Monday, November 07, 2005


I often hear the accusation that Wal-Mart destroys communities. While they certainly drive out competitors ( often small businesses that have been around for generations) it doesn't seem logical that they destroy communities or their local economies. If people were actually devastated, then how would they be able to shop at Wal-Mart. Does it make since for Wal-Mart to invest millions to destroy their competition and customer base and then leave town? I would agree that the aesthetics of main street are often destroyed and that is a great and horrible cost, but that is different from devastating a community.

These charges often come from those on the left that also favor inheritance taxes, minimum wage laws, elaborate workplace regulations, over zealous environmental laws, and taxing the wealthy. These things actually give large corporations like Wal-Mart advantages over small businesses. In addition it makes it difficult for small enterprises to reinvest in their businesses, or pass them on to a new generation of entrepreneurs.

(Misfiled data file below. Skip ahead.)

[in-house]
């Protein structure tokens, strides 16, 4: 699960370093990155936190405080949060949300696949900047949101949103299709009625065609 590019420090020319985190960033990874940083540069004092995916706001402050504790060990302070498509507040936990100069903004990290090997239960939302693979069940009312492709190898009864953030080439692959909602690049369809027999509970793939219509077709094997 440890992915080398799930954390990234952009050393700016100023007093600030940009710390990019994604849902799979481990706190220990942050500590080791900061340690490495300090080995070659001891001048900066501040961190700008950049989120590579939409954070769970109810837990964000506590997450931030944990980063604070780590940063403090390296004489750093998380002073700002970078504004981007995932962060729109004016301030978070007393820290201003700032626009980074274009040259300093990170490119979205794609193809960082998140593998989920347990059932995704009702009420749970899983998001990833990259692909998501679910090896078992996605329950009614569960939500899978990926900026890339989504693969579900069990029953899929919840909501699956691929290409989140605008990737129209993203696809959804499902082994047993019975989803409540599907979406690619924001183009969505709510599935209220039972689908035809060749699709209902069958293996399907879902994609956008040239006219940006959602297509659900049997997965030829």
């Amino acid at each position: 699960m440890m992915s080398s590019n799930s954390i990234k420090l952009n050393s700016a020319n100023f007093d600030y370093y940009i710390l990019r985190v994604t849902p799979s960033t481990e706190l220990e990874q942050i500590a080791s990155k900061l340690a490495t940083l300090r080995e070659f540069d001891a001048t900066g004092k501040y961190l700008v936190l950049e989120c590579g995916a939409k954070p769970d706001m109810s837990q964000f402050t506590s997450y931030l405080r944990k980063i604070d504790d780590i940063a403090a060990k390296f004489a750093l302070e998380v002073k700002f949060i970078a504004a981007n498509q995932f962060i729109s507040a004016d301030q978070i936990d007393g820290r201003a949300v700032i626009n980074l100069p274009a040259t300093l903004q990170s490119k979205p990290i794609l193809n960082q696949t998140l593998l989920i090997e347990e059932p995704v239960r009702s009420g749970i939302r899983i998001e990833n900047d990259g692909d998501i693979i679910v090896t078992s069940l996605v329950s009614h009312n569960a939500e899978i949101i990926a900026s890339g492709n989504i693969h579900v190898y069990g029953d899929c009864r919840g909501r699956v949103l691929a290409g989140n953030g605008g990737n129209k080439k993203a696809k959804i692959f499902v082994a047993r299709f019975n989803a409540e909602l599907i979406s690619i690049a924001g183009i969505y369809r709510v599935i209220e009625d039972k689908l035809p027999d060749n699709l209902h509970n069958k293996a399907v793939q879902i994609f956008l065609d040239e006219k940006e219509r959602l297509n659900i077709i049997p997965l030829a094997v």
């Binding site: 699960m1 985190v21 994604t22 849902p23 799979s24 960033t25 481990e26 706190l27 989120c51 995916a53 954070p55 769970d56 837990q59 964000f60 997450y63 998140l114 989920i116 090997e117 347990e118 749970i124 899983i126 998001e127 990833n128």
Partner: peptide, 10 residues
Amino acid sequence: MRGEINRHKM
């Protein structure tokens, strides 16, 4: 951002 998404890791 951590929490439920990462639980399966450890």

It is funny how the definition of "wealthy Americans" changes when it suits political purposes. When it is Wal-Mart vs. main street rural America, the "wealthy" small business holder becomes the little guy. When it comes to income and inheritance taxes the little guy is placed among the entrenched wealthiest 6% and should not 'need' a tax cut.

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